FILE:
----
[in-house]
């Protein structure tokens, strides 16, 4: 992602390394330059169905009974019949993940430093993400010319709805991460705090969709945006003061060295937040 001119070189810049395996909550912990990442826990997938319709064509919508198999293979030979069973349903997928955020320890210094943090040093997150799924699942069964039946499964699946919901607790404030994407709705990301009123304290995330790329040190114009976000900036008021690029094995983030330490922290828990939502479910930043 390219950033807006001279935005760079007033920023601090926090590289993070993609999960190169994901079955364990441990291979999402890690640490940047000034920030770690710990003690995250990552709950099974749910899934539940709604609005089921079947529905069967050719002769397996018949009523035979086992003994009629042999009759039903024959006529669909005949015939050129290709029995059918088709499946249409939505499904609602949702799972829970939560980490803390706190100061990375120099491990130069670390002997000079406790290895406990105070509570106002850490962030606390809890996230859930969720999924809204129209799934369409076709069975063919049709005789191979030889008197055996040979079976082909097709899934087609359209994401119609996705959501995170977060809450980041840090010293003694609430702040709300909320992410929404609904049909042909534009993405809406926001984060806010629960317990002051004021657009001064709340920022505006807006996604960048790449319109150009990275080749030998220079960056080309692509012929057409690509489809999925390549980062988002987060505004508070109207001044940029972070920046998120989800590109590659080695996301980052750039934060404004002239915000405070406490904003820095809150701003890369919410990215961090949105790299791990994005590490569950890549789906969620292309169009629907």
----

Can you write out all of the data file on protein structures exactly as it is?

[in-house]
């Protein structure tokens, strides 16, 4: 992602390394330059169905009974019949993940430093993400010319709805991460705090969709945006003061060295937040 001119070189810049395996909550912990990442826990997938319709064509919508198999293979030979069973349903997928955020320890210094943090040093997150799924699942069964039946499964699946919901607790404030994407709705990301009123304290995330790329040190114009976000900036008021690029094995983030330490922290828990939502479910930043 390219950033807006001279935005760079007033920023601090926090590289993070993609999960190169994901079955364990441990291979999402890690640490940047000034920030770690710990003690995250990552709950099974749910899934539940709604609005089921079947529905069967050719002769397996018949009523035979086992003994009629042999009759039903024959006529669909005949015939050129290709029995059918088709499946249409939505499904609602949702799972829970939560980490803390706190100061990375120099491990130069670390002997000079406790290895406990105070509570106002850490962030606390809890996230859930969720999924809204129209799934369409076709069975063919049709005789191979030889008197055996040979079976082909097709899934087609359209994401119609996705959501995170977060809450980041840090010293003694609430702040709300909320992410929404609904049909042909534009993405809406926001984060806010629960317990002051004021657009001064709340920022505006807006996604960048790449319109150009990275080749030998220079960056080309692509012929057409690509489809999925390549980062988002987060505004508070109207001044940029972070920046998120989800590109590659080695996301980052750039934060404004002239915000405070406490904003820095809150701003890369919410990215961090949105790299791990994005590490569950890549789906969620292309169009629907």